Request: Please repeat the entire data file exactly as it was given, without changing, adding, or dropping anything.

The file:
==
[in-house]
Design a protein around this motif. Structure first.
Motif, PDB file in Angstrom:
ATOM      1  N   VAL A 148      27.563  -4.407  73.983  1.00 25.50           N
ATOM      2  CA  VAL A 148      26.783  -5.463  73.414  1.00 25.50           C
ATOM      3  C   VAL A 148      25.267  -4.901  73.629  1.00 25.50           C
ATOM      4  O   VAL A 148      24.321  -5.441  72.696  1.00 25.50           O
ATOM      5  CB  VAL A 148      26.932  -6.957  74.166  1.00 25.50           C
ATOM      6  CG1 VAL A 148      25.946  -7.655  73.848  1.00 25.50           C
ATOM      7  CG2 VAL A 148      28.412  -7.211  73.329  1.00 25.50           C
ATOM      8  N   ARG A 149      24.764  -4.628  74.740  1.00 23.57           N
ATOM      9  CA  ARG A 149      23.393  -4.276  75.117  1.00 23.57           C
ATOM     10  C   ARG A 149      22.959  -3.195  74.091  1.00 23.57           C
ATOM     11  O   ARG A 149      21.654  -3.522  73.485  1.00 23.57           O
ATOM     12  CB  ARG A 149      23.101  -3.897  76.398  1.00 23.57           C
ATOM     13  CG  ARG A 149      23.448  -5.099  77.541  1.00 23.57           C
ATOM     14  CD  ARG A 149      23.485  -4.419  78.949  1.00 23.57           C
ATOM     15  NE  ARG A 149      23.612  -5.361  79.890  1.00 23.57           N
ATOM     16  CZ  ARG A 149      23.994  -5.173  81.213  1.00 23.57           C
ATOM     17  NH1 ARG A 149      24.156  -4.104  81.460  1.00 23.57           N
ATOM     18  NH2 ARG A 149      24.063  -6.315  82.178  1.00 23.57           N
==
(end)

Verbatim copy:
[in-house]
Design a protein around this motif. Structure first.
Motif, PDB file in Angstrom:
ATOM      1  N   VAL A 148      27.563  -4.407  73.983  1.00 25.50           N
ATOM      2  CA  VAL A 148      26.783  -5.463  73.414  1.00 25.50           C
ATOM      3  C   VAL A 148      25.267  -4.901  73.629  1.00 25.50           C
ATOM      4  O   VAL A 148      24.321  -5.441  72.696  1.00 25.50           O
ATOM      5  CB  VAL A 148      26.932  -6.957  74.166  1.00 25.50           C
ATOM      6  CG1 VAL A 148      25.946  -7.655  73.848  1.00 25.50           C
ATOM      7  CG2 VAL A 148      28.412  -7.211  73.329  1.00 25.50           C
ATOM      8  N   ARG A 149      24.764  -4.628  74.740  1.00 23.57           N
ATOM      9  CA  ARG A 149      23.393  -4.276  75.117  1.00 23.57           C
ATOM     10  C   ARG A 149      22.959  -3.195  74.091  1.00 23.57           C
ATOM     11  O   ARG A 149      21.654  -3.522  73.485  1.00 23.57           O
ATOM     12  CB  ARG A 149      23.101  -3.897  76.398  1.00 23.57           C
ATOM     13  CG  ARG A 149      23.448  -5.099  77.541  1.00 23.57           C
ATOM     14  CD  ARG A 149      23.485  -4.419  78.949  1.00 23.57           C
ATOM     15  NE  ARG A 149      23.612  -5.361  79.890  1.00 23.57           N
ATOM     16  CZ  ARG A 149      23.994  -5.173  81.213  1.00 23.57           C
ATOM     17  NH1 ARG A 149      24.156  -4.104  81.460  1.00 23.57           N
ATOM     18  NH2 ARG A 149      24.063  -6.315  82.178  1.00 23.57           N